Egypt’s Supreme Council of Antiquities (SCA), a 160-year-old institution responsible for the country’s cultural heritage and all its archaeological sites has spoken out on the controversy over Netflix’s choice of actress cast to play Queen Cleopatra in what has been advertised as a documentary by the streaming platform. It also addressed accusations of racism against those who are critical of an African-American actress as the show producers’ pick for the Queen of the Nile.
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The institution issued a statement on Thursday regarding the portrayal of Cleopatra with “African features and dark skin”. Adele James, the actress cast in the role is of mixed heritage.
“The Secretary General of the Supreme Council of Antiquities confirms that Queen Cleopatra had light skin and Hellenistic [Greek] features,” the SCA wrote on the website of Egypt’s Ministry of Tourism and Antiquities, of which the SCA is an agency.
The casting of James prompted a considerable backlash on the Internet. But most importantly, it caused a furore in Egypt, where calls have been made to ban Netflix from the country and 40,000 people have signed a petition to “Stop the Cleopatra Documentary on Netflix due to historical falsification”.
“The appearance of the heroine is a falsification of Egyptian history and a blatant historical fallacy, especially since the film is classified as a documentary film and not a dramatic work, which requires those in charge of its production to investigate the accuracy and rely on historical and scientific facts to ensure that history and civilizations are not falsified,” Mostafa Waziri, the SCA Secretary General, said in the statement.
Wazari added that statues and depictions on coins of the queen pointed to her having Cleopatra had Hellenistic features, and “fair skin, drawn nose and thin lips”, as evidenced by her depictions such as statues sculpted and coins minted in her lifetime, Wazari pointed out.
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“Bas-reliefs and statues of Queen Cleopatra are the best proof,” the statement said, embellishing its text with illustrations showing Cleopatra with European traits.
Those critical of the casting choice have been charged with accusations of racism in discussions on social media. It seems that accusations of “white supremacist attitudes” must have also been leveled against Egyptians vocally protesting the falsification of their country’s history, as the statement also addressed the issue of the Egyptians’ supposed racist attitudes towards people of African origin.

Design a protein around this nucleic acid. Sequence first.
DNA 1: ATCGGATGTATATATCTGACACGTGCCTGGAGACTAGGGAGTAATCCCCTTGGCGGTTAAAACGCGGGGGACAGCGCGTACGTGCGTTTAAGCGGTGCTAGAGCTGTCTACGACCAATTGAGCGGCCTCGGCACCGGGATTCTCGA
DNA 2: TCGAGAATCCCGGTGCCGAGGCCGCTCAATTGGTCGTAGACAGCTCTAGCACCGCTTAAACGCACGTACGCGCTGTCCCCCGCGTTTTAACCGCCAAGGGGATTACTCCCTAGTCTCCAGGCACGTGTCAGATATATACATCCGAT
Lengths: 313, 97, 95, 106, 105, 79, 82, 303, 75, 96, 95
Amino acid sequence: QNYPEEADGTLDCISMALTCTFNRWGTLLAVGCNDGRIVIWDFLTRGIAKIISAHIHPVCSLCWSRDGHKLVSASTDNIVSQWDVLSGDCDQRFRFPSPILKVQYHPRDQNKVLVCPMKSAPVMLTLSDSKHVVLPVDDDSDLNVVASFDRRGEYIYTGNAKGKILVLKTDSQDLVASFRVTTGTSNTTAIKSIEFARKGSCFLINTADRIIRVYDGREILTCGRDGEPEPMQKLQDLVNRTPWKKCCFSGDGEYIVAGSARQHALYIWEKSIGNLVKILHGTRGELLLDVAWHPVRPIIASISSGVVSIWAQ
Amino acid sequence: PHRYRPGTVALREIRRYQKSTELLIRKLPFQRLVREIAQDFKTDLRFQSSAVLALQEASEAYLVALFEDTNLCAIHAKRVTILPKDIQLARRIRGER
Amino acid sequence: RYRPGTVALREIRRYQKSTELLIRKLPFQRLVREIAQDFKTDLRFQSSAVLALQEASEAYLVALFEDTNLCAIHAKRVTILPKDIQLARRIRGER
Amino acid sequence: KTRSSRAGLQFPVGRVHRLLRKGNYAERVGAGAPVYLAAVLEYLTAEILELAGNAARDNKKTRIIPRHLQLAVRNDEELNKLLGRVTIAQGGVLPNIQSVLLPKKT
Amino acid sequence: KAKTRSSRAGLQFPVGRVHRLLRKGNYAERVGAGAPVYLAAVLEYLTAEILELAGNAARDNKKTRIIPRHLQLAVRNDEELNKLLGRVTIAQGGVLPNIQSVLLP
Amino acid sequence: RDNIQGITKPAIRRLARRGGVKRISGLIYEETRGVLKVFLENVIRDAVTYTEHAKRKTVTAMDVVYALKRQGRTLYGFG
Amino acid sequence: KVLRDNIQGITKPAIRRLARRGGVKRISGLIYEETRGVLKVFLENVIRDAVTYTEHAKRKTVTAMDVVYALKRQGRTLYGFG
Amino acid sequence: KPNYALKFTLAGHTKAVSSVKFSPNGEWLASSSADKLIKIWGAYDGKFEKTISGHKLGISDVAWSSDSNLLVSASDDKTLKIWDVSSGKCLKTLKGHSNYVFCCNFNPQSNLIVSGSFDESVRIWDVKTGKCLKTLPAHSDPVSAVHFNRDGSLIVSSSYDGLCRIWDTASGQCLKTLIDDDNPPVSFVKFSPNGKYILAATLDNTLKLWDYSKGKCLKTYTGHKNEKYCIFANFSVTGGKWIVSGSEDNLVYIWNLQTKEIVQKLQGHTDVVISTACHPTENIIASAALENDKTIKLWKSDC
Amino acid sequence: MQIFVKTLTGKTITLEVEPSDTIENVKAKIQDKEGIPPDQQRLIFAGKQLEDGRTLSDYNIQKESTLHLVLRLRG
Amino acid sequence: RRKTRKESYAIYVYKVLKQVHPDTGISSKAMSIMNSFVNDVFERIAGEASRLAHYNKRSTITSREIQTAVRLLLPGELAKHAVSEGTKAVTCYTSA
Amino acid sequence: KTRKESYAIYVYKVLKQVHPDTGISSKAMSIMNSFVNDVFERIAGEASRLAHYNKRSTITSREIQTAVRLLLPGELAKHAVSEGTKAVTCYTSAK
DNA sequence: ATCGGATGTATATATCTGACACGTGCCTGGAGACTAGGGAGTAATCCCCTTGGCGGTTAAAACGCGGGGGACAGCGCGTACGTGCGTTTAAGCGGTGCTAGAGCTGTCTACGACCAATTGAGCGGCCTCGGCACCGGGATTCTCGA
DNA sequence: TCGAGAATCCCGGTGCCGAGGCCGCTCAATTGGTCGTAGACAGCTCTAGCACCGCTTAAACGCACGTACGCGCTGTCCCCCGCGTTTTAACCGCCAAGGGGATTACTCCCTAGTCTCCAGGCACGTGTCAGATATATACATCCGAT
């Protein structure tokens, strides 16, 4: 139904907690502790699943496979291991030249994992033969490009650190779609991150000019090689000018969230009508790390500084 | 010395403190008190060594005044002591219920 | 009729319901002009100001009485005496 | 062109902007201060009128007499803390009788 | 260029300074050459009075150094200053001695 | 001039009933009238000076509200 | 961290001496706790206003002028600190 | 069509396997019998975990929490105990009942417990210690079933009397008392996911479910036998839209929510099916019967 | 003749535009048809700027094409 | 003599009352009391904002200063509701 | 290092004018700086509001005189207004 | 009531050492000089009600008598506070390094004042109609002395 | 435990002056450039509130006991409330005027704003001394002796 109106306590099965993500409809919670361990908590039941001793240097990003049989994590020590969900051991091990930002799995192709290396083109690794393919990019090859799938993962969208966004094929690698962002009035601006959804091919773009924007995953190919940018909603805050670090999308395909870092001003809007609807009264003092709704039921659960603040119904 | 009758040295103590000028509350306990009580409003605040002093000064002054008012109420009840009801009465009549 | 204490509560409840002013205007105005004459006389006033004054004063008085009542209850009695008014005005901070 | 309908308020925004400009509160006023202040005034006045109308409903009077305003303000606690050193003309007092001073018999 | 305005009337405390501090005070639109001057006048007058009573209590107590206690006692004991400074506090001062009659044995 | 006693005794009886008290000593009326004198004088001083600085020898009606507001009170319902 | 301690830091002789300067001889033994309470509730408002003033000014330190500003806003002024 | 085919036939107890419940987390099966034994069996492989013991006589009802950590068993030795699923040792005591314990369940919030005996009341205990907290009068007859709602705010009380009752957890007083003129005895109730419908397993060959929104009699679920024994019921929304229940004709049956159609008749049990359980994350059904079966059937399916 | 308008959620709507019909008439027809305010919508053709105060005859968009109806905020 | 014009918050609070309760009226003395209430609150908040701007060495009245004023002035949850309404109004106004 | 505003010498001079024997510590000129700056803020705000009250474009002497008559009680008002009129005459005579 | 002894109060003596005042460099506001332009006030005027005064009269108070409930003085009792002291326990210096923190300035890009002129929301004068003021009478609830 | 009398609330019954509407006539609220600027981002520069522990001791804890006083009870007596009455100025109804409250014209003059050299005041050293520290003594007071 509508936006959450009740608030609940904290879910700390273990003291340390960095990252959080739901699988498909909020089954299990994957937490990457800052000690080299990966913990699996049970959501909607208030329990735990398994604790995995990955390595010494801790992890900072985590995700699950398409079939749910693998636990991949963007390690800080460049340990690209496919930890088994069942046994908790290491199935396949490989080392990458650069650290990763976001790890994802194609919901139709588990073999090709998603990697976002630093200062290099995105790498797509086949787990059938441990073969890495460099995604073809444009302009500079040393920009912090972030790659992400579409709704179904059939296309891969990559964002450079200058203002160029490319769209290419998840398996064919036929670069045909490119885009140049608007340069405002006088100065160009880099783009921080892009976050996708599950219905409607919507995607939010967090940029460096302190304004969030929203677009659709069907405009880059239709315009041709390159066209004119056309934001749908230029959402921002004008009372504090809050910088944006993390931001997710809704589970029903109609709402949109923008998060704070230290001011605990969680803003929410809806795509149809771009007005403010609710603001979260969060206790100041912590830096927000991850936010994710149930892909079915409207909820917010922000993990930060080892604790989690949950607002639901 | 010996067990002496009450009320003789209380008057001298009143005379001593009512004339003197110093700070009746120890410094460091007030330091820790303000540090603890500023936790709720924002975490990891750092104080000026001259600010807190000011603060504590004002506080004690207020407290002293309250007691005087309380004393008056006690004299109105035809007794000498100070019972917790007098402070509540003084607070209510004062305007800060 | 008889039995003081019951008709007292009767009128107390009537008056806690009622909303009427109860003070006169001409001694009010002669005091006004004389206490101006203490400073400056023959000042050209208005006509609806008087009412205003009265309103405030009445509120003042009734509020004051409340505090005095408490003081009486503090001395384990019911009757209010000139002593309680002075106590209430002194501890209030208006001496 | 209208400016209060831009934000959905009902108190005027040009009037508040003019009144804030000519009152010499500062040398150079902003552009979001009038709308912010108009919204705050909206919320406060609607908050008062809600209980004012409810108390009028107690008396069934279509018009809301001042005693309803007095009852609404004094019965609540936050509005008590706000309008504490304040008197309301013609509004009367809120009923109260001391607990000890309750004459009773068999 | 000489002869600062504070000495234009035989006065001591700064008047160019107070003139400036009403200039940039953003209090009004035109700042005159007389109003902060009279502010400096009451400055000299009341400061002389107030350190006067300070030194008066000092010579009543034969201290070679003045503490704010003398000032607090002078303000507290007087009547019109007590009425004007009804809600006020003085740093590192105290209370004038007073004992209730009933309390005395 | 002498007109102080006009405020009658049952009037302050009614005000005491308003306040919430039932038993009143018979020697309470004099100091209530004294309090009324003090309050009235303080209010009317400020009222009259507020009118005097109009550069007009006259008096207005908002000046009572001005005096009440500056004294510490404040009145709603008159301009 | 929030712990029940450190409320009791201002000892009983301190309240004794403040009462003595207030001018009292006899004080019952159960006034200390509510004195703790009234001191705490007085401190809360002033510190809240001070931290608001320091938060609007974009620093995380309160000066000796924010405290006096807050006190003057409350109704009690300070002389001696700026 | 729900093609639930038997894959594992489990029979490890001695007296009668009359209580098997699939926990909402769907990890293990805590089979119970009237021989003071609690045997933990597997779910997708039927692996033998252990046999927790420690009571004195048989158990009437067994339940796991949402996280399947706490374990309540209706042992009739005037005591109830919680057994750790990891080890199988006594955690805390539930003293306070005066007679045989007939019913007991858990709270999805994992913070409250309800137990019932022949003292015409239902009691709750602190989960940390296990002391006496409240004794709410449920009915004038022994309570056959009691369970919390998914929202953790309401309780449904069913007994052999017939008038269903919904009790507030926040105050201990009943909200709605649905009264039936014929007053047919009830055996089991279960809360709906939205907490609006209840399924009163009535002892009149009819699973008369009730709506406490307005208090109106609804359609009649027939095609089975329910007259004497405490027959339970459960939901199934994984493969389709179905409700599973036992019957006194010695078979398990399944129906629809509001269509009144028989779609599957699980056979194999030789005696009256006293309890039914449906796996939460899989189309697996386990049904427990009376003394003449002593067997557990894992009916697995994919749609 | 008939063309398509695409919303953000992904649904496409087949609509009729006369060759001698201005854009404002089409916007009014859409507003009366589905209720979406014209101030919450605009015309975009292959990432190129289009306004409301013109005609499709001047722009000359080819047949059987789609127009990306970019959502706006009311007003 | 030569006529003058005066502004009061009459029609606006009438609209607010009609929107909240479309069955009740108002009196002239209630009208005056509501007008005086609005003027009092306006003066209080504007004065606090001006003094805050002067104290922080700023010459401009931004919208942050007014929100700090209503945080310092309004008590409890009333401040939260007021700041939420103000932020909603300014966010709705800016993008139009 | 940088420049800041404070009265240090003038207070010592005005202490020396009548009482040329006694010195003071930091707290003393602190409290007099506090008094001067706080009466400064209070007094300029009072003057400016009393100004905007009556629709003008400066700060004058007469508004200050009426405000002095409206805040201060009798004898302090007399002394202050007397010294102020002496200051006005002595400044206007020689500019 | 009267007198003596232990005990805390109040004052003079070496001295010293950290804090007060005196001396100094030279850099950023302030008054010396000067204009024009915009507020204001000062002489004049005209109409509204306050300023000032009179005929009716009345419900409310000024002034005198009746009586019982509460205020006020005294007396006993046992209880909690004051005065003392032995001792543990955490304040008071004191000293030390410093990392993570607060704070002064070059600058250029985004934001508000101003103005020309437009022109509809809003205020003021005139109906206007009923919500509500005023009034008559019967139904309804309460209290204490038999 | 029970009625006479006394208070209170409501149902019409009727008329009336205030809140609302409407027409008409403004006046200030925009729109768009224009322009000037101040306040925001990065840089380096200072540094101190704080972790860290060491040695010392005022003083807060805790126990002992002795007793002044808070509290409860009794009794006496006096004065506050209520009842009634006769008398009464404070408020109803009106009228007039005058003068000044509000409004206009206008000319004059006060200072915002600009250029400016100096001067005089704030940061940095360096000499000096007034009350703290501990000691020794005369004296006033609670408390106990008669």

“The rejection experienced by the film before it comes out is sparked out of defense of the history of Queen ‘Cleopatra VII’, which is an important and authentic part of the ancient history of Egypt, and far from any ethnic racism, with full respect for African civilizations and for our brothers in the African continent that brings us all together,” Wazari said.
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Netflix appears to be startled and bewildered by the backlash coming from Egypt.
The day before the statement from the Supreme Council of Antiquities, the streaming service released its own statement.
In a statement posted on the Netflix website on Wednesday, the show’s focus is meant to be on Cleopatra as a powerful female ruler, rather than the color of her skin.
“Working with leading historians and experts including Shelley Haley (Professor of Classics and African Studies, Hamilton College) and Dr. Sally-Ann Ashton (Cleopatra scholar), we explore Cleopatra’s story as a queen, strategist, ruler of formidable intellect as well as a woman whose heritage is the subject of great debate,” they said.
“Her ethnicity is not the focus of Queen Cleopatra, but we did intentionally decide to depict her of mixed ethnicity to reflect theories about Cleopatra’s possible Egyptian ancestry and the multicultural nature of ancient Egypt,” the statement said.
Perhaps that will be what is finally revealed to the audience, but so far the controversy has surrounded what could be seen in the trailer, and there the point that Cleopatra was of sub-Saharan African origin appears to be a major selling point. And it appears that the ancestors of the modern Egyptians are depicted in such a fashion as well.
The statement from the Supreme Council of Antiquities, however, leaves no room for debate on the matter.
Anthropological and DNA studies conducted on mummies and other human remains leave no doubt regarding the fact that Egyptians of ancient times bore no resemblance to their southern neighbors, according to the statement.
As for Cleopatra herself being of mixed ethnicity, the statement refutes that possibility as well. The SCA cites the fact that the Ptolemaic dynasty adopted the ancient Egyptian custom of pharaohs marrying their sisters to keep the royal bloodline pure.
Ptolemy I, its founder, was married to Berenice I, and both were of Macedonian origin.